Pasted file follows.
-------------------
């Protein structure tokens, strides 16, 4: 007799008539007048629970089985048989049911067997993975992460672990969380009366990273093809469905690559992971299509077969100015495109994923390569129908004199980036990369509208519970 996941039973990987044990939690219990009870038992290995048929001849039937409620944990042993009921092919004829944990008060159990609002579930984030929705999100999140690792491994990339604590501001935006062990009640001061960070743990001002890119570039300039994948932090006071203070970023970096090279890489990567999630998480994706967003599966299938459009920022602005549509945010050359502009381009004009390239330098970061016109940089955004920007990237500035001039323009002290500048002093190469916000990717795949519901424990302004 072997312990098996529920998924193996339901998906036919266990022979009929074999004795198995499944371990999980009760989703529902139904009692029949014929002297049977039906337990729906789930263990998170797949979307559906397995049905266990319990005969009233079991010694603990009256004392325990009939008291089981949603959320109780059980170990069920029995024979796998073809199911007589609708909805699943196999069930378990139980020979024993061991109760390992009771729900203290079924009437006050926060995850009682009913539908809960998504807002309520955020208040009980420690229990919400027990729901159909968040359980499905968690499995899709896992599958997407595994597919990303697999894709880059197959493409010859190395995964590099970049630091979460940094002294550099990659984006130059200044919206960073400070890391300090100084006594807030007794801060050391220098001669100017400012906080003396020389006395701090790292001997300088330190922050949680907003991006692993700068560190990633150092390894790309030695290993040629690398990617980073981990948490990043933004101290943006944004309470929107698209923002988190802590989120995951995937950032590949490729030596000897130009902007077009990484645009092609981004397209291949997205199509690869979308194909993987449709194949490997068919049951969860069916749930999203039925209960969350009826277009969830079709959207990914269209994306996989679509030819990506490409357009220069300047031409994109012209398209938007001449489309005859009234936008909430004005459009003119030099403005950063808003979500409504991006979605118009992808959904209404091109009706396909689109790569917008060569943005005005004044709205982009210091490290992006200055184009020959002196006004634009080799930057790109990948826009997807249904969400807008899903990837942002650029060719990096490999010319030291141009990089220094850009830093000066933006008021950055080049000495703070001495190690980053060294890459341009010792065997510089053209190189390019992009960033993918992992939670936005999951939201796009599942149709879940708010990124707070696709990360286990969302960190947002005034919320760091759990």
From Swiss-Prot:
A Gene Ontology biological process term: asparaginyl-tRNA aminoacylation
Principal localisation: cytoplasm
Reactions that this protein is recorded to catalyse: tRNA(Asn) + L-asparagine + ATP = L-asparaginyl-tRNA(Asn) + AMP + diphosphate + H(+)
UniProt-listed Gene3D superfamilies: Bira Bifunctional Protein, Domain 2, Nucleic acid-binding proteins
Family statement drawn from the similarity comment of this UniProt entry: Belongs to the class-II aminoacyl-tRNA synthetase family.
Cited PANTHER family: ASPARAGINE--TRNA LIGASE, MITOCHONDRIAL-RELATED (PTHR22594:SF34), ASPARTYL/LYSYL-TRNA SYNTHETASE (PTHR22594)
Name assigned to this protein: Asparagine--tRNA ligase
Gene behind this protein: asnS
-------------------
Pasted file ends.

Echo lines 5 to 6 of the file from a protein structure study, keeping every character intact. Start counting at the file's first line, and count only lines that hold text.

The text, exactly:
Reactions that this protein is recorded to catalyse: tRNA(Asn) + L-asparagine + ATP = L-asparaginyl-tRNA(Asn) + AMP + diphosphate + H(+)
UniProt-listed Gene3D superfamilies: Bira Bifunctional Protein, Domain 2, Nucleic acid-binding proteins